I remember the exact moment. The moment that altered the course of my life. The moment that I saved my life. The day I told someone…I have an eating disorder.
I suppose I should back up slightly and start about 14 years before that moment. There I was… a small-town Missouri girl who had her mid-life crisis at 18. I ran off and joined the Navy. I told everyone after the fact, so many were shocked, including myself. I had developed this deep-seated fear that I was never going to leave Missouri, and it terrified me.
I left for boot camp in March of 2003. I was clueless, scared, excited, and motivated to prove everyone wrong. I graduated boot camp, left for school in Virginia, and got stationed on my first ship in September 2003. The pace of my life had picked up significantly.
In the matter of a year, I had deployed, rented an apartment, and gotten a second job to afford said apartment. My roommate and I scraped pennies and ate lots of cheap pizza and moon pies…which I do not recommend by the way! Between busy ship underways, we were running ourselves ragged. Boys and parties filled most of our free time. Then in January 2006, I learned an important lesson about birth control. You kinda have to take it properly and not with antibiotics in order for them to work.
By May 2006, I was married and having a baby girl. My daughter was born in September of that year and we were being moved to Fallon, Nevada for my job. All of the “plans” that I had for my life were changed in that 9-month time period. I had never planned to stay in the Navy longer than one tour but I was excelling at my job. I was getting promoted and was selected as Sailor of the Year twice while in Fallon. I was good at something. I was doing so great in my professional life and it was addictive. So, I reenlisted and decided that I was going to make a career out of the military.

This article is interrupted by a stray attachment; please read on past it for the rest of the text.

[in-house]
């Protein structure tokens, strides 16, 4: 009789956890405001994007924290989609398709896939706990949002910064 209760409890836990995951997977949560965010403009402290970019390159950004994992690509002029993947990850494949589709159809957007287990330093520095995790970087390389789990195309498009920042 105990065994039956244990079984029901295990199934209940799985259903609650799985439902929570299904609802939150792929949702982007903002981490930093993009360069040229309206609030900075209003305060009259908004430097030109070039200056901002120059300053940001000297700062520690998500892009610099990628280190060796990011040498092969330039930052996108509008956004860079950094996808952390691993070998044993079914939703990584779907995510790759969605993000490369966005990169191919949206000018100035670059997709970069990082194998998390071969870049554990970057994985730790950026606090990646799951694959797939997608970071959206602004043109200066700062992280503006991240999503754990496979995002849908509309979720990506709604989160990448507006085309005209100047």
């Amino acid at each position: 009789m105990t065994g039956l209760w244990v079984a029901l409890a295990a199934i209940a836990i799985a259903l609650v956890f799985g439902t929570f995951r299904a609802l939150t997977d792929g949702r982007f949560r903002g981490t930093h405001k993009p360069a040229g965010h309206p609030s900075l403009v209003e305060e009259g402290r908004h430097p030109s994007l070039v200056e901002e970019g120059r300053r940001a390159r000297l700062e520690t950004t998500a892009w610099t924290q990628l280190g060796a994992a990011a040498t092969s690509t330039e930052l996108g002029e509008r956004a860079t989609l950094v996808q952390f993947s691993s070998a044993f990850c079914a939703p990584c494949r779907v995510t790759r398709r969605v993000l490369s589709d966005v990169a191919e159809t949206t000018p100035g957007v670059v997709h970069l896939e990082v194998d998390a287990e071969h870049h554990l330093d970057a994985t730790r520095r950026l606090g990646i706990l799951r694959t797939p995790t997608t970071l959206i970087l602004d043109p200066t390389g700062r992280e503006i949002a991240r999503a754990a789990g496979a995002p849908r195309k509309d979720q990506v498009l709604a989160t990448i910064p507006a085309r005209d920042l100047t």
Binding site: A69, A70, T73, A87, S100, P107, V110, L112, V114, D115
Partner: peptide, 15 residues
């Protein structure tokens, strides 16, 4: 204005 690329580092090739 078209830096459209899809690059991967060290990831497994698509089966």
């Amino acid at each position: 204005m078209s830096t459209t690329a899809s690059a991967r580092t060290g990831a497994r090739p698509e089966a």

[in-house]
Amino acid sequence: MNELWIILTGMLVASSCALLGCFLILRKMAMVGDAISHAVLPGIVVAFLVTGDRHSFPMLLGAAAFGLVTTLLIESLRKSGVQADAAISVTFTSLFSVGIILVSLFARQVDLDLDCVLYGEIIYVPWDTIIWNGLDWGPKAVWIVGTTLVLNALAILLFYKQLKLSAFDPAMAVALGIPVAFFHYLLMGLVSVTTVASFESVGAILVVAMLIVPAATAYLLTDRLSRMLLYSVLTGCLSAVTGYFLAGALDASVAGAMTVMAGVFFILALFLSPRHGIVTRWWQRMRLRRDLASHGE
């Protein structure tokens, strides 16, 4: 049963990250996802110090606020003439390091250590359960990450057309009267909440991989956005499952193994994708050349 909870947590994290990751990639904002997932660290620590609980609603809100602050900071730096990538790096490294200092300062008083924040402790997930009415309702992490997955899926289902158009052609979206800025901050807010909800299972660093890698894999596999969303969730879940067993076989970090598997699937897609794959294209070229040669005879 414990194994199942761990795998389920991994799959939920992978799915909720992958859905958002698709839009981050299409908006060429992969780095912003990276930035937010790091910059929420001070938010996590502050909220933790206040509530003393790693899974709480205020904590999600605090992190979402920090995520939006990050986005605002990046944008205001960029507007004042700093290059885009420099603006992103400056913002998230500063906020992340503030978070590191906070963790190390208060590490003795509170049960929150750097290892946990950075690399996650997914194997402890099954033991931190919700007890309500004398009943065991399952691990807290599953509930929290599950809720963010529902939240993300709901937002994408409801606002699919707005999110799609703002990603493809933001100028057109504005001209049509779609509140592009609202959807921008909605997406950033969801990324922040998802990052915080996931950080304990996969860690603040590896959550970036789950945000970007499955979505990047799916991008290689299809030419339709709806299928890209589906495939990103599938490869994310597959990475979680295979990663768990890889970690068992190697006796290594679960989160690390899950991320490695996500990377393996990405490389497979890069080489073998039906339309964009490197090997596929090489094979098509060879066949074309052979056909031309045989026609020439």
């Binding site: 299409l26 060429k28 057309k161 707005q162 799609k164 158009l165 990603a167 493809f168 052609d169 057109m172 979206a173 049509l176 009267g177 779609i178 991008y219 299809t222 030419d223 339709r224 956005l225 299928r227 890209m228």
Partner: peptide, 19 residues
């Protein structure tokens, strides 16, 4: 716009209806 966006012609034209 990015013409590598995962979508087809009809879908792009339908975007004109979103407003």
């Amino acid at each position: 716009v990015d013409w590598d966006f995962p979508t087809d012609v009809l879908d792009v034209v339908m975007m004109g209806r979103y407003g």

In 2010, we moved to Naples, Italy and I got promoted to Chief Petty Officer. This is a huge milestone in a Navy career and I had reached this point by my 7th year in the Navy. That is fast, super-fast. I was ecstatic because I was being rewarded for my hard work. What I did a wonderful job of hiding was my private life. My relationship was a disaster and it eventually ended. I found myself alone in a foreign country, divorced, and childless. I know now that the decision to send my daughter back to the U.S. with my ex was what was best for her. He had an entire support system and I was working crazy hours with a very unpredictable schedule. The “Mom-guilt” is real though. There are days that I still struggle with that decision…but I suppose that is another story in itself!
Ok, so where was ED in all of this. P.S. ED is my name for eating disorder. Why did I need to name it? To make it real and come to terms with it. Anyway, so ED was there all along. He came and went. He paused when I was in boot camp. He paused when I was pregnant and basically up to my divorce ED was not in my life. He came back with a vengeance in 2011. You mix that with depression and anxiety…I was a complete mess. So… what did I do? I hid ED from everyone. I poured myself into work and continued to excel. In the years that followed, I went on another deployment, balanced Mom-life as best I could, and got remarried.